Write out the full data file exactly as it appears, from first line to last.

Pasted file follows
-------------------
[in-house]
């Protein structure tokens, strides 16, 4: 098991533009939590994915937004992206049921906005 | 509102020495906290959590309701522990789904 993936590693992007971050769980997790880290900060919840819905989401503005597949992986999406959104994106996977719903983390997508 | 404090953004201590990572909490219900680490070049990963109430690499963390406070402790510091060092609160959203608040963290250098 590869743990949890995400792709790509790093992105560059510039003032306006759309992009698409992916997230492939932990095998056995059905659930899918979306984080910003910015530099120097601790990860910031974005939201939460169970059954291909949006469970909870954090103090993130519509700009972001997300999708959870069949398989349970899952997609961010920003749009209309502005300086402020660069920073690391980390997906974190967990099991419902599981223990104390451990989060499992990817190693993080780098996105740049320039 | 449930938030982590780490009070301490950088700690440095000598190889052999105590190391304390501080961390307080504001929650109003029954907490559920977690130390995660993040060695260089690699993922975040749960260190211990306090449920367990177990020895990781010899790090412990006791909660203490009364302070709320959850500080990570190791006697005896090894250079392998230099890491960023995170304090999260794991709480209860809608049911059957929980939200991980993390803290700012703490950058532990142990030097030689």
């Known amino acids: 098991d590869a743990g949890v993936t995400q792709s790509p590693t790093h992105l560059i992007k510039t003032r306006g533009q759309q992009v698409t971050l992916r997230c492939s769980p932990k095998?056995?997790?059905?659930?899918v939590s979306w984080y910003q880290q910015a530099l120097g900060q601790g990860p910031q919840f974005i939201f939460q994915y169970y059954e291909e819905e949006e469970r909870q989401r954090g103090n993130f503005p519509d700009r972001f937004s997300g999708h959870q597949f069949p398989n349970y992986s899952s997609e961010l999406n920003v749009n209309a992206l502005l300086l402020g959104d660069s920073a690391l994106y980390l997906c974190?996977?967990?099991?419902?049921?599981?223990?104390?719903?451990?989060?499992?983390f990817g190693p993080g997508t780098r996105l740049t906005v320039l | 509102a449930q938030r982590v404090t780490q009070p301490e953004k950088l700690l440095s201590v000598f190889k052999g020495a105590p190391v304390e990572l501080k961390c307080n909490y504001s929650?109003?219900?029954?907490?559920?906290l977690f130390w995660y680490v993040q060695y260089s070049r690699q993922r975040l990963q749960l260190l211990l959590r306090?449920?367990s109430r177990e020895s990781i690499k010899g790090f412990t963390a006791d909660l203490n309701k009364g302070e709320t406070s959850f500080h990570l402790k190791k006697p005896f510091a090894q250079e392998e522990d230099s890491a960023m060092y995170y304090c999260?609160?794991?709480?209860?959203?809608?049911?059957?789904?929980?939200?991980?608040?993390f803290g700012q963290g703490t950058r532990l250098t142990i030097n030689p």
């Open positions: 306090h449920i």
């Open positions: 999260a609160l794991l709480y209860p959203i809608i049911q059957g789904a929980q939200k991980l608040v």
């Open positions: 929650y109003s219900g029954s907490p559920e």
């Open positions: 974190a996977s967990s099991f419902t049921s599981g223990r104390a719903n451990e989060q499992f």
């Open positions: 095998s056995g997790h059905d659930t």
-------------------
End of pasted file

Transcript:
[in-house]
């Protein structure tokens, strides 16, 4: 098991533009939590994915937004992206049921906005 | 509102020495906290959590309701522990789904 993936590693992007971050769980997790880290900060919840819905989401503005597949992986999406959104994106996977719903983390997508 | 404090953004201590990572909490219900680490070049990963109430690499963390406070402790510091060092609160959203608040963290250098 590869743990949890995400792709790509790093992105560059510039003032306006759309992009698409992916997230492939932990095998056995059905659930899918979306984080910003910015530099120097601790990860910031974005939201939460169970059954291909949006469970909870954090103090993130519509700009972001997300999708959870069949398989349970899952997609961010920003749009209309502005300086402020660069920073690391980390997906974190967990099991419902599981223990104390451990989060499992990817190693993080780098996105740049320039 | 449930938030982590780490009070301490950088700690440095000598190889052999105590190391304390501080961390307080504001929650109003029954907490559920977690130390995660993040060695260089690699993922975040749960260190211990306090449920367990177990020895990781010899790090412990006791909660203490009364302070709320959850500080990570190791006697005896090894250079392998230099890491960023995170304090999260794991709480209860809608049911059957929980939200991980993390803290700012703490950058532990142990030097030689």
């Known amino acids: 098991d590869a743990g949890v993936t995400q792709s790509p590693t790093h992105l560059i992007k510039t003032r306006g533009q759309q992009v698409t971050l992916r997230c492939s769980p932990k095998?056995?997790?059905?659930?899918v939590s979306w984080y910003q880290q910015a530099l120097g900060q601790g990860p910031q919840f974005i939201f939460q994915y169970y059954e291909e819905e949006e469970r909870q989401r954090g103090n993130f503005p519509d700009r972001f937004s997300g999708h959870q597949f069949p398989n349970y992986s899952s997609e961010l999406n920003v749009n209309a992206l502005l300086l402020g959104d660069s920073a690391l994106y980390l997906c974190?996977?967990?099991?419902?049921?599981?223990?104390?719903?451990?989060?499992?983390f990817g190693p993080g997508t780098r996105l740049t906005v320039l | 509102a449930q938030r982590v404090t780490q009070p301490e953004k950088l700690l440095s201590v000598f190889k052999g020495a105590p190391v304390e990572l501080k961390c307080n909490y504001s929650?109003?219900?029954?907490?559920?906290l977690f130390w995660y680490v993040q060695y260089s070049r690699q993922r975040l990963q749960l260190l211990l959590r306090?449920?367990s109430r177990e020895s990781i690499k010899g790090f412990t963390a006791d909660l203490n309701k009364g302070e709320t406070s959850f500080h990570l402790k190791k006697p005896f510091a090894q250079e392998e522990d230099s890491a960023m060092y995170y304090c999260?609160?794991?709480?209860?959203?809608?049911?059957?789904?929980?939200?991980?608040?993390f803290g700012q963290g703490t950058r532990l250098t142990i030097n030689p």
């Open positions: 306090h449920i």
């Open positions: 999260a609160l794991l709480y209860p959203i809608i049911q059957g789904a929980q939200k991980l608040v």
């Open positions: 929650y109003s219900g029954s907490p559920e």
């Open positions: 974190a996977s967990s099991f419902t049921s599981g223990r104390a719903n451990e989060q499992f």
């Open positions: 095998s056995g997790h059905d659930t």